BofA $8.5-billion deal returned to NY state court
Bank of America won a victory when a US appeals court ruled that a proposed $8.5-billion settlement with investors in mortgage-backed securities should be reviewed in New York state court, not federal court. Bank of America is seeking to resolve liabilities from its purchase of Countrywide Financial in 2008. The settlement has been viewed as a template for other banks to address claims by investors who bought risky pools of mortgages before the housing market collapsed. The ruling by the second US circuit court of appeals on Monday reverses an October decision by US district judge William Pauley who had taken the case from state court.
Fukushima: Japan leaders feared chain reaction
Japans prime minister ordered workers to remain at the tsunami-crippled Fukushima nuclear plant last March as fears mounted of a devils chain reaction that would force tens of millions of people to flee Tokyo, a new investigative report shows. Then-premier Naoto Kan and his staff began referring to a worst case scenario that could threaten Japans existence as a nation around three days after the March 11 earthquake and tsunami, according to the report by a panel set up by a private think-tank. That was when fears mounted that thousands of spent fuel rods stored at a damaged reactor would melt and spew radiation after a hydrogen explosion at an adjacent reactor building, according to the panel report.
UK says bank tried to avoid $800 million in tax
Britain has ordered a bank to pay half a billion pounds ($800 million) in unpaid tax that it tried to avoid by exploiting regulatory loopholes, a government minister said Monday. Exchequer secretary David Gauke said the bank had sought to use an aggressive avoidance scheme to dodge corporation tax on profit made buying back its own debt. It also carried out a scheme to seek repayment from the government of tax it had never paid. The government did not name the bank, but the media reports identified it as Barclays. The bank could not be reached for comment.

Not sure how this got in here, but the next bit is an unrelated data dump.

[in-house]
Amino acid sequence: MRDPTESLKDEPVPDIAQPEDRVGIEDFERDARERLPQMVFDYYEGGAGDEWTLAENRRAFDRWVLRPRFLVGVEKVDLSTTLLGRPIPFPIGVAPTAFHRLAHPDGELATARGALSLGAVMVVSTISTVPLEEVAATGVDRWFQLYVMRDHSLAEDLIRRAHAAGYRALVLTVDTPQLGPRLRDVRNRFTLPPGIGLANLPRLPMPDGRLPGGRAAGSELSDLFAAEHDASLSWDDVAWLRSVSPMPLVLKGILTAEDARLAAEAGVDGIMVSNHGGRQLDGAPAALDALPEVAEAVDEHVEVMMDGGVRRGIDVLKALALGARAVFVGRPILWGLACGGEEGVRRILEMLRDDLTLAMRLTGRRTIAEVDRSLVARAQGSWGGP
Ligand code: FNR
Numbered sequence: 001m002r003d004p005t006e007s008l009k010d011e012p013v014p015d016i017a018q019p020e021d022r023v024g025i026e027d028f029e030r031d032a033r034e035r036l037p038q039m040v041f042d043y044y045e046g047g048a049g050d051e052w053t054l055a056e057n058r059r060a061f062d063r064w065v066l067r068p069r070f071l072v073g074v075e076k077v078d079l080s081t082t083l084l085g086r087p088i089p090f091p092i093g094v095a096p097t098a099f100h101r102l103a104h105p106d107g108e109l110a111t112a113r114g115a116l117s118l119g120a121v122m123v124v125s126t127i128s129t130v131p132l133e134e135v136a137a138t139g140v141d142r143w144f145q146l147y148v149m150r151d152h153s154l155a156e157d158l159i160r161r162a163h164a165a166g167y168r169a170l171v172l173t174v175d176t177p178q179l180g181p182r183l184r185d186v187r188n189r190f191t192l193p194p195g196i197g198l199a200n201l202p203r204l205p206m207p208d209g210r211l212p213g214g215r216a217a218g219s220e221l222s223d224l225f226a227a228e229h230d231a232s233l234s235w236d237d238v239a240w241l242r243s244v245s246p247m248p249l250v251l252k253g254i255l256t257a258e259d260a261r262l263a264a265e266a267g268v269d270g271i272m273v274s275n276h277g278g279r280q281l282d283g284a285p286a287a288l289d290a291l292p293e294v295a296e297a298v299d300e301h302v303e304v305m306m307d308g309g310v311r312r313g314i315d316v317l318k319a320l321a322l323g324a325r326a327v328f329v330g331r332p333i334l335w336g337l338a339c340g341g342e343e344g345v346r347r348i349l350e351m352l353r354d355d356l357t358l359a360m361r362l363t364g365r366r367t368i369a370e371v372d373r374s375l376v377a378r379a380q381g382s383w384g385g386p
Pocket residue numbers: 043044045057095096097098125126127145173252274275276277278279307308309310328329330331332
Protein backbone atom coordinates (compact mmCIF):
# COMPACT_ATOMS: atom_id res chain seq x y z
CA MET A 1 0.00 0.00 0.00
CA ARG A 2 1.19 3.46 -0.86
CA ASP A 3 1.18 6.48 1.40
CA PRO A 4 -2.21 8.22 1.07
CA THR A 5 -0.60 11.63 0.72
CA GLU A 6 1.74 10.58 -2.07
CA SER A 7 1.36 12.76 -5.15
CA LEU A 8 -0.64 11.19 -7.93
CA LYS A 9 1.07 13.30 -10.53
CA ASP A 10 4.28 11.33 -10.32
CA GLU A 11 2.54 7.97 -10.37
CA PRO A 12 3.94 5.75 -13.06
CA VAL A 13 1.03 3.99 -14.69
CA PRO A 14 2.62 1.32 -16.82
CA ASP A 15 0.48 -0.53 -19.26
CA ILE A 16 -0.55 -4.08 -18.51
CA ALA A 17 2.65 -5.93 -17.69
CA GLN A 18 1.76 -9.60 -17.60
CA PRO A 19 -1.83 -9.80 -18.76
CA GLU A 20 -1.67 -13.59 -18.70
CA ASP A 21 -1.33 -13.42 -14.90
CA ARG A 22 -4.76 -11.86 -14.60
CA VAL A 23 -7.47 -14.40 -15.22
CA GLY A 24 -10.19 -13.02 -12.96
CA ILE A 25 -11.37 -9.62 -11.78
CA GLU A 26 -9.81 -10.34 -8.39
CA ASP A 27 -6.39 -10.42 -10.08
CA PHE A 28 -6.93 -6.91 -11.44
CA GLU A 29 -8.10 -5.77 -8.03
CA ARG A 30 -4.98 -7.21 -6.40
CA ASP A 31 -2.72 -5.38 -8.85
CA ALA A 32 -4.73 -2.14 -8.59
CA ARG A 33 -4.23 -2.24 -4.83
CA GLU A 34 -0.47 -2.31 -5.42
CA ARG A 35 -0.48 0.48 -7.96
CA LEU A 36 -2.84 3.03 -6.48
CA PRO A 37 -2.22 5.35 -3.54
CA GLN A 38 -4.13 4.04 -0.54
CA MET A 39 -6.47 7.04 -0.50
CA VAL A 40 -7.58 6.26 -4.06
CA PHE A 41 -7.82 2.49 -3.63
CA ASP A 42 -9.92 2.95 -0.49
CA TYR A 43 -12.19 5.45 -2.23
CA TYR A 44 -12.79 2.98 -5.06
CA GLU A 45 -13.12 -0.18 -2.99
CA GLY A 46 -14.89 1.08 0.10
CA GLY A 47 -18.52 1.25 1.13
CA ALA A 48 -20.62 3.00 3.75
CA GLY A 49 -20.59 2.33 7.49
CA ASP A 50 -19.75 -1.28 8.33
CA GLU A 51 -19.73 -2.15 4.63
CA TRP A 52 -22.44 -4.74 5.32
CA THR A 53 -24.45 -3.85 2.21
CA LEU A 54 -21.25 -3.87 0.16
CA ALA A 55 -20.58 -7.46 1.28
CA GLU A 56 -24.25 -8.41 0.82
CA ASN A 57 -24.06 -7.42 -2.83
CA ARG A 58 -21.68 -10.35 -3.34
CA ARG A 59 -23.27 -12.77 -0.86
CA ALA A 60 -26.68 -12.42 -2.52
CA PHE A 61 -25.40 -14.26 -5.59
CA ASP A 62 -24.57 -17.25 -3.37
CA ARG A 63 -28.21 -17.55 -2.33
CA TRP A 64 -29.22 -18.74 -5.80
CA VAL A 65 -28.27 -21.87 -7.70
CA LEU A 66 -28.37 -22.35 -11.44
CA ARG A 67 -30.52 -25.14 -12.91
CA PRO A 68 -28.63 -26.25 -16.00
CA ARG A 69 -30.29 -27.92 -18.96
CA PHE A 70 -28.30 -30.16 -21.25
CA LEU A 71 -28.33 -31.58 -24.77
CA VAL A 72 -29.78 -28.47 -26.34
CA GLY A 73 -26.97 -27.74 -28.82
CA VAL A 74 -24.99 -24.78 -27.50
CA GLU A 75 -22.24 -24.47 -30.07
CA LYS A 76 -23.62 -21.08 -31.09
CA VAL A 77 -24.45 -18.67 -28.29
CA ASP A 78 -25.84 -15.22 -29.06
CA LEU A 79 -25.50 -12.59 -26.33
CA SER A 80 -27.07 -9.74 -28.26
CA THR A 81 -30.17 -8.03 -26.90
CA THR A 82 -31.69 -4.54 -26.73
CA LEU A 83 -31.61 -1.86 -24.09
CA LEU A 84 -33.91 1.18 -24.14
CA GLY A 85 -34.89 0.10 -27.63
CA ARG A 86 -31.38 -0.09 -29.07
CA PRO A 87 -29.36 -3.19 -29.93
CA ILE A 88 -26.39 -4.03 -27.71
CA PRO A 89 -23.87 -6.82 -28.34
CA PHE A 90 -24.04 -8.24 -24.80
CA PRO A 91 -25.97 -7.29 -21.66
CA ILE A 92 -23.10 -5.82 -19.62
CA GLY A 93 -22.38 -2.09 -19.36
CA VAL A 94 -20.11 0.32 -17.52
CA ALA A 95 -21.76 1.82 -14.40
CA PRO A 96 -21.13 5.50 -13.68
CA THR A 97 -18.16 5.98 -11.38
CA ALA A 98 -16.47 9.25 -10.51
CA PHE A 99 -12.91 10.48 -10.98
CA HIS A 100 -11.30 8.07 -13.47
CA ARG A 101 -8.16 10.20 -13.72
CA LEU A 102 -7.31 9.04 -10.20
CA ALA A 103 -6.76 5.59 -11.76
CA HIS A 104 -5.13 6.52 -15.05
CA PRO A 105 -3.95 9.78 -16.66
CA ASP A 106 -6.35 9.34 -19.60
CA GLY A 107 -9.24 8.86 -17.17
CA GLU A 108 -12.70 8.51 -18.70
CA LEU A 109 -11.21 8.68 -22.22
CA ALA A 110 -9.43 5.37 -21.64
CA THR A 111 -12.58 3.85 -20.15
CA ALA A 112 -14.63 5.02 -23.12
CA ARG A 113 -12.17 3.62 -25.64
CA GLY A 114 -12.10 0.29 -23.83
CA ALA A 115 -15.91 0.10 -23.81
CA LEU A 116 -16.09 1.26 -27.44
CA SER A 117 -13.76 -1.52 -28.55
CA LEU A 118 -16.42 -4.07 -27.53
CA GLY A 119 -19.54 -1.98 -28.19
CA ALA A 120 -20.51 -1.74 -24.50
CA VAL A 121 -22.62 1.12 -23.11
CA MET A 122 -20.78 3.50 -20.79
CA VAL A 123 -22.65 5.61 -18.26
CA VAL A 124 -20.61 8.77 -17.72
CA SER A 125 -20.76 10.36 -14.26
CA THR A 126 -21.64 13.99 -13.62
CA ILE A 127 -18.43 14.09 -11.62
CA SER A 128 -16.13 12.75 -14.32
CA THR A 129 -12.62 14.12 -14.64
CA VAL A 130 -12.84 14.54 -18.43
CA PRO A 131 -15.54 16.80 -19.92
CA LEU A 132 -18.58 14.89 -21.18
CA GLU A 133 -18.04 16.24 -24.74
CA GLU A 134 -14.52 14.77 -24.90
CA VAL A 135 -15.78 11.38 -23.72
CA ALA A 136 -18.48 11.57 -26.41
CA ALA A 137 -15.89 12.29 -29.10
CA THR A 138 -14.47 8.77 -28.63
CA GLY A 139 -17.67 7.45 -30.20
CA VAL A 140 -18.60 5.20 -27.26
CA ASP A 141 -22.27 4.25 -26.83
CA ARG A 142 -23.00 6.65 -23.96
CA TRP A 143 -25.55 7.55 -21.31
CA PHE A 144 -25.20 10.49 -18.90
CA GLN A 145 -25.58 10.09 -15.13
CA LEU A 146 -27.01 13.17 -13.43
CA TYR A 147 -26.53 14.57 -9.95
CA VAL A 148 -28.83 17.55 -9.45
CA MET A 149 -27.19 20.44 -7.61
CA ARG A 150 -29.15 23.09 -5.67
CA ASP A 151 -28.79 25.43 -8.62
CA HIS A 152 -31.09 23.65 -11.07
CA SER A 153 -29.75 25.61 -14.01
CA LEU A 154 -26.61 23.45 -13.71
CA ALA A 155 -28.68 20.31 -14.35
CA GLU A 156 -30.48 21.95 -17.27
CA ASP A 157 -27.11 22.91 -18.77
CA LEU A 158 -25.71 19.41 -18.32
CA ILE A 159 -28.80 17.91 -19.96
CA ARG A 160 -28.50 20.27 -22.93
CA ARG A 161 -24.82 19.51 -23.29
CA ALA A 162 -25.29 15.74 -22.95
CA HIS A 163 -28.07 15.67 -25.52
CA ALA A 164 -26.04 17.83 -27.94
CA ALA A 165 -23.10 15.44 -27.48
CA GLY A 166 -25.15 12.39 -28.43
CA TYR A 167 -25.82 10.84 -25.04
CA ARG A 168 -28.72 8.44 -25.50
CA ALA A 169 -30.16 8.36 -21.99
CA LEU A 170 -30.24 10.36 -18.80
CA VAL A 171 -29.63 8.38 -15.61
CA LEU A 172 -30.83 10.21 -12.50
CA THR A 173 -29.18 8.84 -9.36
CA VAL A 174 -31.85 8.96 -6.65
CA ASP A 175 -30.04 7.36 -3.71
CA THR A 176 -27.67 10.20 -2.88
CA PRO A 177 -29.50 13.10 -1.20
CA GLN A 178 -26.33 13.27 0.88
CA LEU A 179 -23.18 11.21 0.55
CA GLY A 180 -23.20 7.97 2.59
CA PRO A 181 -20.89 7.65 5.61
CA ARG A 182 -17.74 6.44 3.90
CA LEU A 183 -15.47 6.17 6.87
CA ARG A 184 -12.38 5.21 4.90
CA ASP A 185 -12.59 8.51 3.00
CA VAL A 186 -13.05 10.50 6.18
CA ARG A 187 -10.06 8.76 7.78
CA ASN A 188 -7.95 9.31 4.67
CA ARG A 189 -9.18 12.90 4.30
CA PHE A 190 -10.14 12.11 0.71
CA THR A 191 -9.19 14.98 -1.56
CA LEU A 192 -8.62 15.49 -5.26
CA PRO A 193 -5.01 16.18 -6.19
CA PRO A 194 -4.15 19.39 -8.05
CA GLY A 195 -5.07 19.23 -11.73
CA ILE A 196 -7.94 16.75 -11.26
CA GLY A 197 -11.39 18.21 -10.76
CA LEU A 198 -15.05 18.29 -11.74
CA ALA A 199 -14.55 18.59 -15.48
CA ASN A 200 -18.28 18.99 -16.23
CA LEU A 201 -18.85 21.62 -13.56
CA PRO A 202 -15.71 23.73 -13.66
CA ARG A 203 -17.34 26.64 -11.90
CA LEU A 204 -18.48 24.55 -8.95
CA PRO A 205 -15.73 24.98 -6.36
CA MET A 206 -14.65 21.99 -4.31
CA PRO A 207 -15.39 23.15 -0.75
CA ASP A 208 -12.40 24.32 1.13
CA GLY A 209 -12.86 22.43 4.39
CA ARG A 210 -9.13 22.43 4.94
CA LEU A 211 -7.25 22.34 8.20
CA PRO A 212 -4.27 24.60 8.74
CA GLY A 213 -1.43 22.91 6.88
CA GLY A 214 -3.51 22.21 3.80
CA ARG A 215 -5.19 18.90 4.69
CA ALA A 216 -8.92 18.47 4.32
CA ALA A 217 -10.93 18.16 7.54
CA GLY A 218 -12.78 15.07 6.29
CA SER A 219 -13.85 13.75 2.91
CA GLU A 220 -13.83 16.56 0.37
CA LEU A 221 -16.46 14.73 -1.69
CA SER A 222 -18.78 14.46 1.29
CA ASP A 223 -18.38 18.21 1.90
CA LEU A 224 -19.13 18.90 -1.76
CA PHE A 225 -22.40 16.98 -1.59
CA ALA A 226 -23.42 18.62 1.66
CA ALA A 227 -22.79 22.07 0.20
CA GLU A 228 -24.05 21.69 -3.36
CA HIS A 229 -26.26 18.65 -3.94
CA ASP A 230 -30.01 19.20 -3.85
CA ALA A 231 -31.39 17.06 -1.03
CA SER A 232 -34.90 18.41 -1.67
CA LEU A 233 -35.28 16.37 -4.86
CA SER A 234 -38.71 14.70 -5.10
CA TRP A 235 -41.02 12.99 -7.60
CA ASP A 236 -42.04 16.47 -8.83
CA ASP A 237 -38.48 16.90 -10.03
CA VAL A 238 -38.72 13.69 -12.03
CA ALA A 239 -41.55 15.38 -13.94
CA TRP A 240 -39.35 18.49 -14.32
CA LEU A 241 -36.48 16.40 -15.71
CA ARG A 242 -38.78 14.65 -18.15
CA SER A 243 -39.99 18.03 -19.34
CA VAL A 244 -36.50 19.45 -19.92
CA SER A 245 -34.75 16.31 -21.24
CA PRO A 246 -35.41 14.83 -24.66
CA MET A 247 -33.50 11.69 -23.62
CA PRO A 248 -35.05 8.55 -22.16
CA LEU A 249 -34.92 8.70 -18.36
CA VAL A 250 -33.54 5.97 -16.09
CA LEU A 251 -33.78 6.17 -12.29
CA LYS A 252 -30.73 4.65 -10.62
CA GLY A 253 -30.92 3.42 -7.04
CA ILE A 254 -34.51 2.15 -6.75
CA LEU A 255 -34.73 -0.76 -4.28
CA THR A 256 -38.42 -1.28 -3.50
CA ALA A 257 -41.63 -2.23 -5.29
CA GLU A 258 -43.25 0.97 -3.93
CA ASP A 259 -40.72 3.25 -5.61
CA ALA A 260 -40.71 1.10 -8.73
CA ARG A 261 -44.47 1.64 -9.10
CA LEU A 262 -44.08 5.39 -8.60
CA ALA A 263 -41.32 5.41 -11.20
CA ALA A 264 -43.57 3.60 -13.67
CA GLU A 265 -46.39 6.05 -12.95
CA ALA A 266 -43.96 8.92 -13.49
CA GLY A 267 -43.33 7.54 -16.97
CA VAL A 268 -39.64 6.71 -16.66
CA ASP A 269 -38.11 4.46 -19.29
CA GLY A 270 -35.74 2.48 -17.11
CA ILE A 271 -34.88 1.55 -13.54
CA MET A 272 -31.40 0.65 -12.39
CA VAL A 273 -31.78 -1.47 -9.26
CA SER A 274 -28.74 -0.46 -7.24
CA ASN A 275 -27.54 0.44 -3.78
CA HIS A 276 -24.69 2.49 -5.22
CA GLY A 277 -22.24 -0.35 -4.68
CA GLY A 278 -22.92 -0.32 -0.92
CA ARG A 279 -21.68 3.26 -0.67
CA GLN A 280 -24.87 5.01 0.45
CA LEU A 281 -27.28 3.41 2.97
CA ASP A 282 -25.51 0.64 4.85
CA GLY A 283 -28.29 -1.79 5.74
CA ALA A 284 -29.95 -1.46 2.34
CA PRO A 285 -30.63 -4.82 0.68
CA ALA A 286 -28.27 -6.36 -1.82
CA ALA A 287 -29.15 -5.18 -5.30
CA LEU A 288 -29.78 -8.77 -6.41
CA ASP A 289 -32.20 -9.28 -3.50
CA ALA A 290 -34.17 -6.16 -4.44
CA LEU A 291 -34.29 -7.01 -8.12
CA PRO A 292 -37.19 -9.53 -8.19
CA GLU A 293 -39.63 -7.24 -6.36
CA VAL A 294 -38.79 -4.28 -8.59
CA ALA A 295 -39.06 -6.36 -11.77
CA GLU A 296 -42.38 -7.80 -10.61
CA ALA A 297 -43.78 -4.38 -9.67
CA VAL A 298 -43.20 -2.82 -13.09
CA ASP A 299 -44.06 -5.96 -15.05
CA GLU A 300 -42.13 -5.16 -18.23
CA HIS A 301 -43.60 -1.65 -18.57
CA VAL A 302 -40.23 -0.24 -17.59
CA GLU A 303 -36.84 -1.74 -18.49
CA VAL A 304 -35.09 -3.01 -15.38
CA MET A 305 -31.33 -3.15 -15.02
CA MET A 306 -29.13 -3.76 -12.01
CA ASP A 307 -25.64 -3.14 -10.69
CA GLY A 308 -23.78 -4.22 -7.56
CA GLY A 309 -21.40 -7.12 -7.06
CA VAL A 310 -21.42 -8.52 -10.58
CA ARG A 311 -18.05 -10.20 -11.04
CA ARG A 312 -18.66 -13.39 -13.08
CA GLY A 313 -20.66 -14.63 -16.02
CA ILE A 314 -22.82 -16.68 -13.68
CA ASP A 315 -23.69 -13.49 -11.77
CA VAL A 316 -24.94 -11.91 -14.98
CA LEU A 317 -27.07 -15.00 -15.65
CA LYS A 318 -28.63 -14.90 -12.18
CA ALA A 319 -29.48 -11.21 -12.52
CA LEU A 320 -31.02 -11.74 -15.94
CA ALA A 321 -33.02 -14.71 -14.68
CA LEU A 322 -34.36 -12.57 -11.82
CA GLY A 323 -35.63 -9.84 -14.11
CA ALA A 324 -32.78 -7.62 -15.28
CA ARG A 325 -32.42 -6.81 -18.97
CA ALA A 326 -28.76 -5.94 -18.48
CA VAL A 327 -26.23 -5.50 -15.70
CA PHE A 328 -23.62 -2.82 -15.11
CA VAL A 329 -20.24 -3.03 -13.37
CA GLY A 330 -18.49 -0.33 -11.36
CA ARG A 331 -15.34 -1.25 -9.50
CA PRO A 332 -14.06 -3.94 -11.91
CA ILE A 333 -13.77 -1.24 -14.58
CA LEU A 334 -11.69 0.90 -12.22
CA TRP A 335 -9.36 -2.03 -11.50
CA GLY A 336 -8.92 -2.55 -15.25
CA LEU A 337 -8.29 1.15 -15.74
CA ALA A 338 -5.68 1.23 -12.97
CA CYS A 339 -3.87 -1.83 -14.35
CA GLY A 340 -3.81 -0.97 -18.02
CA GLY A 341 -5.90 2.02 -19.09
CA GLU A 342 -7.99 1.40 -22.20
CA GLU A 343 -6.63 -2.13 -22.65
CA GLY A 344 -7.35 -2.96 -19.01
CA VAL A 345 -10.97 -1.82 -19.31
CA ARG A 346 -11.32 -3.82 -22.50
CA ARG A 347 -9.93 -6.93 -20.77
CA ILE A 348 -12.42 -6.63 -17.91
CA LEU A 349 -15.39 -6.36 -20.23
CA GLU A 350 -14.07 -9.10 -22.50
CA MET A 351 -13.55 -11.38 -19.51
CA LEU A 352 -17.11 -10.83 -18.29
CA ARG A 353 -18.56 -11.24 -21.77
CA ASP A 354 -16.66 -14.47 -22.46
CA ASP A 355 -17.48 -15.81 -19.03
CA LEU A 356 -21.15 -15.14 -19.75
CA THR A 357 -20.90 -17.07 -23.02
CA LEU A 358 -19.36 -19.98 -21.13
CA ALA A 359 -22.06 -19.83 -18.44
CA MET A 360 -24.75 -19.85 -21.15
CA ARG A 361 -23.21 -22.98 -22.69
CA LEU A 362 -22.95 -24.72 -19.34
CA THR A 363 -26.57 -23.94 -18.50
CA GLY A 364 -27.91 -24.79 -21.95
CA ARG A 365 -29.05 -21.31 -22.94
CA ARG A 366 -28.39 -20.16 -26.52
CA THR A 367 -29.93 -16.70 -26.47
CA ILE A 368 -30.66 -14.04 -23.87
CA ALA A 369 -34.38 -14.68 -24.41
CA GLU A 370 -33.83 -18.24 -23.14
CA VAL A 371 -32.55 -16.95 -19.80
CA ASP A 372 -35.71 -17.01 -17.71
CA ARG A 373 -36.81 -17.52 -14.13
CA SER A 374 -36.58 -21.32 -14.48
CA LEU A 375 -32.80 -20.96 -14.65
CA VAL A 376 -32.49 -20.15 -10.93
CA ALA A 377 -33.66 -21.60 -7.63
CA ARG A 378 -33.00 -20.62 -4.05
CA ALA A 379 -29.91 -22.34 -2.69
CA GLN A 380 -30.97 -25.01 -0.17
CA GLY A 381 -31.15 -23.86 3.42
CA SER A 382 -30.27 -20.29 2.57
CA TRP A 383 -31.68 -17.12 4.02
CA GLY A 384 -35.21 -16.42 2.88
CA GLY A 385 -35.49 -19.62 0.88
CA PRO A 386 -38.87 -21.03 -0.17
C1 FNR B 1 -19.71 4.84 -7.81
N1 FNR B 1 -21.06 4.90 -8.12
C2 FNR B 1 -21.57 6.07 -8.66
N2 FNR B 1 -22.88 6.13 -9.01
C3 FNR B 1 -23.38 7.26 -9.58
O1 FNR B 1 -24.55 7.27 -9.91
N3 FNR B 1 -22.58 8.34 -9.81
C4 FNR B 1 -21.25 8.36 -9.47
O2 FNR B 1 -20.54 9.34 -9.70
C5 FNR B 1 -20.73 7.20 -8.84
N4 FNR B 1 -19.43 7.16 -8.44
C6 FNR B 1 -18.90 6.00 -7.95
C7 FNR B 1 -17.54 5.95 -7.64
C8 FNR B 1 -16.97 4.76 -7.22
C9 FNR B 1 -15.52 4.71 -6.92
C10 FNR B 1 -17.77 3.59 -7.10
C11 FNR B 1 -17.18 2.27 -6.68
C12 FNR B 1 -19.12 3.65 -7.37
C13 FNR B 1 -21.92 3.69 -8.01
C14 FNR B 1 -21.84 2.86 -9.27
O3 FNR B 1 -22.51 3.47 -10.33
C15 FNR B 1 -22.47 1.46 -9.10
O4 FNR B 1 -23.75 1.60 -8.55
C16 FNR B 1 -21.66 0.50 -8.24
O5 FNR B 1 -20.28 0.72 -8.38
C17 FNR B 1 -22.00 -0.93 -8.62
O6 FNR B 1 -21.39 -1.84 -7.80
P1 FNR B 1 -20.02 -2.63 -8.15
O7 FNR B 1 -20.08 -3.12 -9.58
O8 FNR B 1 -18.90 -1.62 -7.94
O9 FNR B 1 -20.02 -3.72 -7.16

Peugeot may sell 7% stake to GM in alliance
PSA Peugeot Citroen may soon announce plans to sell a stake of about 7% in the French carmaker to General Motors as part of a development alliance, Bloomberg reported, quoting people familiar with the matter. The deal would involve a standstill agreement by which GM would not take a greater holding in the Paris-based carmaker without permission, said the people, who asked not to be identified because the talks are private. Peugeot may offer additional shares through a rights issue as part of the transaction, the people said.